There was a message from God, 20-year old Kaylee Muthart believed, that she needed to sacrifice something special.
Muthart was high on methamphetamine, a freight train of a dose bigger than all the others, and the signs were all there. A white bird along a dark path. A man with a biblical name asking for a key. Muthart was looking for personal salvation, but she also wanted to save the world.
"I thought everything would end abruptly, and everyone would die," Muthart told Cosmopolitan, "if I didn't tear out my eyes immediately."
She did. And for the first time since the 6 February incident in Anderson, South Carolina, Muthart is explaining how she went from being an honors student to becoming a drug user who fought off several men trying to subdue her as the remains of her sea-green eyes dangled from her head.
Muthart was a good student in high school, she told the magazine. But a focus on work to save money for a car and issues with an irregular heartbeat led to poor school performance. She dropped out and soon turned to alcohol and other substances.
"But when I was 19 last summer," she told Cosmopolitan, "I was smoking pot with an acquaintance at his house and got a strange high. Later, I googled the symptoms that surprised me the most - numb lips and feeling like I was on top of the world. I'd long been a religious Christian; the high made me feel particularly close to God."
Muthart said she believed the marijuana was laced with meth or cocaine - which appears to have made her relate drug use with a religious experience. And soon after, she was diagnosed with bipolar disorder. The extreme highs and lows of the condition left her susceptible to drug use, doctors told her.
"While on ecstasy, I studied the Bible. I misinterpreted a lot of it. I convinced myself that meth would bring me even closer to God," she said.
In August, she picked at blackheads on her face until it bled. By Thanksgiving, Muthart moved from smoking meth to snorting and shooting it into her veins, she said.
Her mother, Katy Tompkins, was alarmed by her rapidly deteriorating condition soon before the incident.
"The day before it happened, which was my birthday, I was getting ready to have her committed, just to get her off the streets and away from it," Tompkins told People. "But I was too late."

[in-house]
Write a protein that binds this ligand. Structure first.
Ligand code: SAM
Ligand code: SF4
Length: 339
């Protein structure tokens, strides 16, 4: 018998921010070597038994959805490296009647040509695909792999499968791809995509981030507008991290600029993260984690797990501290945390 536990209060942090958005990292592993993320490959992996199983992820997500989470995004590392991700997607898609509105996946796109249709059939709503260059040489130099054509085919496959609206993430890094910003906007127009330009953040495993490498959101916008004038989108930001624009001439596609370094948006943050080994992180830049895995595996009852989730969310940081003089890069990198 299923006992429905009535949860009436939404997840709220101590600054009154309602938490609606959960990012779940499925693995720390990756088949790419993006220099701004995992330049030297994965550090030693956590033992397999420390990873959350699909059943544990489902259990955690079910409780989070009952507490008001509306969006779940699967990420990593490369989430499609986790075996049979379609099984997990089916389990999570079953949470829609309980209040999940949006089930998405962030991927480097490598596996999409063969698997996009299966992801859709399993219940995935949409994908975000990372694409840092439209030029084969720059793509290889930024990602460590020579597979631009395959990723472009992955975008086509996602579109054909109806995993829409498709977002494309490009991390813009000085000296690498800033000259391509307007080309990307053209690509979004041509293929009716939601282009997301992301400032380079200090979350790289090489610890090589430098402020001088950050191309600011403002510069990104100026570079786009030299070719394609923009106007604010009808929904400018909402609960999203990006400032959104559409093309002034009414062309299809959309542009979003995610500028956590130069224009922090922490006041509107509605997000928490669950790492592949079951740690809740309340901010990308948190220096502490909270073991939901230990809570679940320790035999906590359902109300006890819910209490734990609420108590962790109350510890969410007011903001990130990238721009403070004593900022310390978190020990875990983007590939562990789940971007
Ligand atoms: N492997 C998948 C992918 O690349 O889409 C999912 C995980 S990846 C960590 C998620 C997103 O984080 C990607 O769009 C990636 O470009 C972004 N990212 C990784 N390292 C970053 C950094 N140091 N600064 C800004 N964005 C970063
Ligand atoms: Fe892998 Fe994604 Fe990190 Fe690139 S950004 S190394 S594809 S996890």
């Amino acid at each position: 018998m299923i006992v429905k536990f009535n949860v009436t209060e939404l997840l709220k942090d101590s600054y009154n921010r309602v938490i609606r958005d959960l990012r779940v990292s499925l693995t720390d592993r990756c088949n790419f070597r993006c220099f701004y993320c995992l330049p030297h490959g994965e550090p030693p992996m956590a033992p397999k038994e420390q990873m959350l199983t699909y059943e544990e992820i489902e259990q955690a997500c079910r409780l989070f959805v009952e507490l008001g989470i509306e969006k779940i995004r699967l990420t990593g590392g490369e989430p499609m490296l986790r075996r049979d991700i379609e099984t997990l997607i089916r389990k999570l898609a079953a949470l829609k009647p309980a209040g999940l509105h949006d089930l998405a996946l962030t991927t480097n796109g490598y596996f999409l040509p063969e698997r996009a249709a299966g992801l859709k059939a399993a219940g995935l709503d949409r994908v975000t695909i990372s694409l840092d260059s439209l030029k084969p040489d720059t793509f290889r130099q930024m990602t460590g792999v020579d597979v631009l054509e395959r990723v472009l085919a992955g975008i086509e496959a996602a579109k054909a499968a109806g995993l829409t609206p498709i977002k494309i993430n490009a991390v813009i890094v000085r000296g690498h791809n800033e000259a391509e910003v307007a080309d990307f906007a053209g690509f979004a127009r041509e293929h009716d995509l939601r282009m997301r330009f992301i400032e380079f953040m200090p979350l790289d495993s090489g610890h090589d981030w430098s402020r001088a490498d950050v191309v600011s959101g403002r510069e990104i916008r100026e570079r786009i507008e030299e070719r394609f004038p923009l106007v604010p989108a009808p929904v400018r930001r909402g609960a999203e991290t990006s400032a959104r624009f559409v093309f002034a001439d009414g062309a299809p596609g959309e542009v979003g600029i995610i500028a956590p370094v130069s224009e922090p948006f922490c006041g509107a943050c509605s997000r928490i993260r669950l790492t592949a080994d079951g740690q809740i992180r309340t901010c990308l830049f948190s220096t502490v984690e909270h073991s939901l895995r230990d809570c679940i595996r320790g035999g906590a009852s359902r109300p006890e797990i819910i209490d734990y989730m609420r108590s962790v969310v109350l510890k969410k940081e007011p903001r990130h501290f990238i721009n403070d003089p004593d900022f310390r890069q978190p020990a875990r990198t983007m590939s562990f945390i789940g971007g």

Muthart was in a drug-induced hallucination when she had her epiphany. Her eyes had to go. "Why me? Why do I have to do this?" she prayed, pounding the ground.
Then, in graphic detail, Muthart explained how she came to be blind, near a church.
"So I pushed my thumb, pointer, and middle finger into each eye. I gripped each eyeball, twisted, and pulled until each eye popped out of the socket - it felt like a massive struggle, the hardest thing I ever had to do. Because I could no longer see, I don't know if there was blood. But I know the drugs numbed the pain."
She continued: "I'm pretty sure I would have tried to claw right into my brain if a pastor hadn't heard me screaming, 'I want to see the light!' - which I don't recall saying - and restrained me. He later said, when he found me, that I was holding my eyeballs in my hands. I had squished them, although they were somehow still attached to my head."
A group of startled people rushed to help her, including the pastor - nearly 10 people in all, Muthart ventured to guess. "At some point, paramedics arrived, and I was so combative that they had to sedate me with ketamine," she told Cosmopolitan. She fought so hard that her wrists hurt for weeks. A helicopter airlifted her to Greenville Memorial Hospital.
Doctors excised the remains of her eyes to preserve her optic nerves and prevent infection, she said. Her hospital stay lasted about a week. "I was told there's red tissue (muscle filling the socket) and a white spot (my optic nerve endings) where my eyeballs used to be."
Muthart has reckoned with her issues. She was recently released from a psychiatric facility and has vowed to stay clear of drugs. She started a GoFundMe to get a seeing-eye dog and will get nonfunctioning prosthetic eyes once her sockets heal.
It has been a big adjustment to permanent blindness. She has run into things at home and has trouble sleeping. Her mother is helping the best she can.
But Muthart said the episode turned her back from the brink.
"I'd rather be blind than dependent on drugs," she said. In a strange way, Muthart now sees the light.